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Winter health

Information from the UK Health Security Agency


Health officials say parents should be aware of an infection called Strep A. Most people do not get extremely sick but the infection can cause serious illness.


What is Strep A?

Strep A is a bacteria sometimes found in the throat or on the skin. 

Many people carry it harmlessly without even knowing it, but they can spread it to others who might become ill. People can catch it through close contact with and from coughs and sneezes and the symptoms are usually mild, but it can cause scarlet fever. 


What is scarlet fever?

Scarlet fever is usually a mild illness, but is highly infectious. Look out for symptoms in your child which include a sore throat, headache and fever, along with a fine pinkish or red body rash with a sandpapery feel.  This can be more difficult to spot on darker skin, but will feel like sandpaper.

A person with scarlet fever might also have a 'strawberry tongue' where the tongue has an appearance of a strawberry.

Contact NHS 111 or your GP if you suspect your child has scarlet fever, because early treatment of scarlet fever with antibiotics is important to reduce the risk of complications.

If your child has scarlet fever, keep them at home until at least 24 hours after the start of antibiotic treatment to avoid spreading the infection to others.



Very rarely, Strep A can cause a very serious infection called invasive group A streptococcal infection (iGAS). Warning signs include:

  • fever - a high temperature above 38C

  • severe muscle aches

iGAS is very serious and the UK Health Security Agency advises 'Anyone with high fever, severe muscle aches, pain in one area of the body and unexplained vomiting or diarrhoea should call NHS 111 and seek medical help immediately.'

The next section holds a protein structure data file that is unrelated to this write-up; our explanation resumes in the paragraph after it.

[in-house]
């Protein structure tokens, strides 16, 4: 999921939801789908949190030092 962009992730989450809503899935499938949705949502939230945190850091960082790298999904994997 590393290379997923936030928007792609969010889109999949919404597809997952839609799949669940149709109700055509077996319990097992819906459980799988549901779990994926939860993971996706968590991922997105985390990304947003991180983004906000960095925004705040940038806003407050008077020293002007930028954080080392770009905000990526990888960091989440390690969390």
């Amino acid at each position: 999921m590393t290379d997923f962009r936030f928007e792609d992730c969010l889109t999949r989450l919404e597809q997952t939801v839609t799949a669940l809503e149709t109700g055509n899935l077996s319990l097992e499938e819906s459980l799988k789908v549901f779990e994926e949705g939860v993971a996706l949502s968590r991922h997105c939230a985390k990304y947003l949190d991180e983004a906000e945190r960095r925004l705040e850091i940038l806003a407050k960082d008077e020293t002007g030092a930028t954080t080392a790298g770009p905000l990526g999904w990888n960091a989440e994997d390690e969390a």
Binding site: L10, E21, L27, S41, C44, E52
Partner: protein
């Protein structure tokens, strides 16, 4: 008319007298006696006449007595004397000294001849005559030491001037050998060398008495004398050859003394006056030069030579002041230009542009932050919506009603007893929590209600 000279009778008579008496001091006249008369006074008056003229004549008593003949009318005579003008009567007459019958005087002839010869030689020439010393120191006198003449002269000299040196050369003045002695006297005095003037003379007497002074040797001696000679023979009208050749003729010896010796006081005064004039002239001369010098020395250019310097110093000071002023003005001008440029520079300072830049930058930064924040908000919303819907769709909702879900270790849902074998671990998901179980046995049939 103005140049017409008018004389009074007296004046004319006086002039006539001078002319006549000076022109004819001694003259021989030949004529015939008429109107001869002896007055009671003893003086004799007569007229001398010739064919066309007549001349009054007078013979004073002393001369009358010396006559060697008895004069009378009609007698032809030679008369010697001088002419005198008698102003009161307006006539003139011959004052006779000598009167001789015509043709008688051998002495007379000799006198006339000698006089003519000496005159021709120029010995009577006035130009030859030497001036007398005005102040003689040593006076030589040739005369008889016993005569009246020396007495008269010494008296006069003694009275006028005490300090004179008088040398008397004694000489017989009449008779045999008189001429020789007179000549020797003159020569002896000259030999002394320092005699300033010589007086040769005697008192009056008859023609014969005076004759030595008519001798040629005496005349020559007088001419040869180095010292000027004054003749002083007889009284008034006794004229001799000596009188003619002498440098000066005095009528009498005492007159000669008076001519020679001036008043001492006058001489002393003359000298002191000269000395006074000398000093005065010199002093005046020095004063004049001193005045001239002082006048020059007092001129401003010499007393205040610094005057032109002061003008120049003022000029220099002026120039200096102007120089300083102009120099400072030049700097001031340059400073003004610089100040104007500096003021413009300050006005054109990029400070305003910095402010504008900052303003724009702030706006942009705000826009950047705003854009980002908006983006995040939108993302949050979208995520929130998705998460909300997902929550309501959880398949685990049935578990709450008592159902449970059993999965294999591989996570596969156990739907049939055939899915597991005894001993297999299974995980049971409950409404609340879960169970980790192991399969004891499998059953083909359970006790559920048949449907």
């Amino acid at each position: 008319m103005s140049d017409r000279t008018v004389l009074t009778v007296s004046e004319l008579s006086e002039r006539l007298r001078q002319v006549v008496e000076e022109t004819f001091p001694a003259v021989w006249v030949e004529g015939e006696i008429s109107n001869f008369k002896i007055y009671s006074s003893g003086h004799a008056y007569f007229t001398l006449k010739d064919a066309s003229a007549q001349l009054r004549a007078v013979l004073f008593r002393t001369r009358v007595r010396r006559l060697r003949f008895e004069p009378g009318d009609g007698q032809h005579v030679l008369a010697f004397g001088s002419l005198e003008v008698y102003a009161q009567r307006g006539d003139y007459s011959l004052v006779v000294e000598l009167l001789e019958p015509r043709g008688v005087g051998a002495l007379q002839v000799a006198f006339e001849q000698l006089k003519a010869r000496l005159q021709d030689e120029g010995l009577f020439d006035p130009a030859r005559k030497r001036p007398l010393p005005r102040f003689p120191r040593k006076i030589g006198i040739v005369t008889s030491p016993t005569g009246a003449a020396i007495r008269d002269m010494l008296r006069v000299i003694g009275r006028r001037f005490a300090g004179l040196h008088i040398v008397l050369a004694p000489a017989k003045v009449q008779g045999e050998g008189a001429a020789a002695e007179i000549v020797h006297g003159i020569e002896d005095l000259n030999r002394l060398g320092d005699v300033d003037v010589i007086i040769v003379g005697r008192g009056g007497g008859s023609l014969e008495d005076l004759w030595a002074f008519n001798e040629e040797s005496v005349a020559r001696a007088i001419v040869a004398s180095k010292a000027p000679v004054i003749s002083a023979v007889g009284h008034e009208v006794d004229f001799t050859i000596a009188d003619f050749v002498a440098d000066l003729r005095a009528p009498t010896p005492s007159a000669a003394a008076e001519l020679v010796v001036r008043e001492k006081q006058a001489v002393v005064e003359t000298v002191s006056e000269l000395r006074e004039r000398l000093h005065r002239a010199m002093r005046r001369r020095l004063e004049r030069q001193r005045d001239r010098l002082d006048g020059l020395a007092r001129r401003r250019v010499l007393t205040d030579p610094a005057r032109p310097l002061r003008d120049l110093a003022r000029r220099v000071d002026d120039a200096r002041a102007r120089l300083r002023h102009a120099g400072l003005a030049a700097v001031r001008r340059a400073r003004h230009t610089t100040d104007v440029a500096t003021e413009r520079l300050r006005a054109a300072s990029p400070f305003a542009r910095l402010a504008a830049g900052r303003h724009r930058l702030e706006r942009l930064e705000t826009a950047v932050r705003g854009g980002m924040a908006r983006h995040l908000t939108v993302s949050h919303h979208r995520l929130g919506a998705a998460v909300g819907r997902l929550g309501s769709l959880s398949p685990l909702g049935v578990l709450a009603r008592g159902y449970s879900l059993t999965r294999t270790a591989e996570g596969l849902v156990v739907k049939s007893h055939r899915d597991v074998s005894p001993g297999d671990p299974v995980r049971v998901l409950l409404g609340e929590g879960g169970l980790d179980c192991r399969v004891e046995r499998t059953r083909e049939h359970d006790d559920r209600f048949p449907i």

As a parent, if you feel that your child seems seriously unwell, you should trust your own judgement. Contact NHS 111 or your GP if:

  • your child is getting worse

  • your child is feeding or eating much less than normal

  • your child has had a dry nappy for 12 hours or more or shows other signs of dehydration

  • your baby is under 3 months and has a temperature of 38°C, or is older than 3 months and has a temperature of 39°C or higher

  • your baby feels hotter than usual when you touch their back or chest, or feels sweaty

  • your child is very tired or irritable

Call 999 or go to A&E if:

  • your child is having difficulty breathing – you may notice grunting noises or their tummy sucking under their ribs

  • there are pauses when your child breathes

  • your child’s skin, tongue or lips are blue

  • your child is floppy and will not wake up or stay awake